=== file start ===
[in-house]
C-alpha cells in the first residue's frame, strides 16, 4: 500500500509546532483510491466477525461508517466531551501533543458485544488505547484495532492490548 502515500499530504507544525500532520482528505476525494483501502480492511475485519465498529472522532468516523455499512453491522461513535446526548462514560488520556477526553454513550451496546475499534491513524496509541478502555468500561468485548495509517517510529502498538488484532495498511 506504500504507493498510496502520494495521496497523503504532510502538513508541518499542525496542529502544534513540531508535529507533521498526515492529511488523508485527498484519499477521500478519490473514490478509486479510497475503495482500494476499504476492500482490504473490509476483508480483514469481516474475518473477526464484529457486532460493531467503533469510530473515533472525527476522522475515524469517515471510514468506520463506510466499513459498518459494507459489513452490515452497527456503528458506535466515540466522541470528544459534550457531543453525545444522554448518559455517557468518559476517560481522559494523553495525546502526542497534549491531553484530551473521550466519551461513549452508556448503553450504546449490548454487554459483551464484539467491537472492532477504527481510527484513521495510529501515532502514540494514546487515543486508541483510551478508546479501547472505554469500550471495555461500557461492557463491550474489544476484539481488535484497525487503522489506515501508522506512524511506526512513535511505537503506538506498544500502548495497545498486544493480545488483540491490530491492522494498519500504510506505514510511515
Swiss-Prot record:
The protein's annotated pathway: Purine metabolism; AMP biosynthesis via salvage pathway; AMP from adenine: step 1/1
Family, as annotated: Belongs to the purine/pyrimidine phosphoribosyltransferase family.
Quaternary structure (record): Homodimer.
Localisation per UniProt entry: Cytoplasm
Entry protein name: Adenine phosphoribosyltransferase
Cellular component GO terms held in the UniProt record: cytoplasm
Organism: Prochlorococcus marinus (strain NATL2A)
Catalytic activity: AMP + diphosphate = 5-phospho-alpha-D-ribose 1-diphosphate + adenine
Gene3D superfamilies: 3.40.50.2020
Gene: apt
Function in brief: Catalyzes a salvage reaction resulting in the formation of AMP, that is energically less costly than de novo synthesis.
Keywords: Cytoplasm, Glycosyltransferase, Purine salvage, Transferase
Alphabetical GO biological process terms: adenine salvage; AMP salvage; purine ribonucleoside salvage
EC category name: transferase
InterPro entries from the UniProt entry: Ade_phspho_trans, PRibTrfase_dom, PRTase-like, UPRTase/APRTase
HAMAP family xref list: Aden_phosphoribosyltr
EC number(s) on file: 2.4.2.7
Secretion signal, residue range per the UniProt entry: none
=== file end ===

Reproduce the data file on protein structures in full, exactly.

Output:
[in-house]
C-alpha cells in the first residue's frame, strides 16, 4: 500500500509546532483510491466477525461508517466531551501533543458485544488505547484495532492490548 502515500499530504507544525500532520482528505476525494483501502480492511475485519465498529472522532468516523455499512453491522461513535446526548462514560488520556477526553454513550451496546475499534491513524496509541478502555468500561468485548495509517517510529502498538488484532495498511 506504500504507493498510496502520494495521496497523503504532510502538513508541518499542525496542529502544534513540531508535529507533521498526515492529511488523508485527498484519499477521500478519490473514490478509486479510497475503495482500494476499504476492500482490504473490509476483508480483514469481516474475518473477526464484529457486532460493531467503533469510530473515533472525527476522522475515524469517515471510514468506520463506510466499513459498518459494507459489513452490515452497527456503528458506535466515540466522541470528544459534550457531543453525545444522554448518559455517557468518559476517560481522559494523553495525546502526542497534549491531553484530551473521550466519551461513549452508556448503553450504546449490548454487554459483551464484539467491537472492532477504527481510527484513521495510529501515532502514540494514546487515543486508541483510551478508546479501547472505554469500550471495555461500557461492557463491550474489544476484539481488535484497525487503522489506515501508522506512524511506526512513535511505537503506538506498544500502548495497545498486544493480545488483540491490530491492522494498519500504510506505514510511515
Swiss-Prot record:
The protein's annotated pathway: Purine metabolism; AMP biosynthesis via salvage pathway; AMP from adenine: step 1/1
Family, as annotated: Belongs to the purine/pyrimidine phosphoribosyltransferase family.
Quaternary structure (record): Homodimer.
Localisation per UniProt entry: Cytoplasm
Entry protein name: Adenine phosphoribosyltransferase
Cellular component GO terms held in the UniProt record: cytoplasm
Organism: Prochlorococcus marinus (strain NATL2A)
Catalytic activity: AMP + diphosphate = 5-phospho-alpha-D-ribose 1-diphosphate + adenine
Gene3D superfamilies: 3.40.50.2020
Gene: apt
Function in brief: Catalyzes a salvage reaction resulting in the formation of AMP, that is energically less costly than de novo synthesis.
Keywords: Cytoplasm, Glycosyltransferase, Purine salvage, Transferase
Alphabetical GO biological process terms: adenine salvage; AMP salvage; purine ribonucleoside salvage
EC category name: transferase
InterPro entries from the UniProt entry: Ade_phspho_trans, PRibTrfase_dom, PRTase-like, UPRTase/APRTase
HAMAP family xref list: Aden_phosphoribosyltr
EC number(s) on file: 2.4.2.7
Secretion signal, residue range per the UniProt entry: none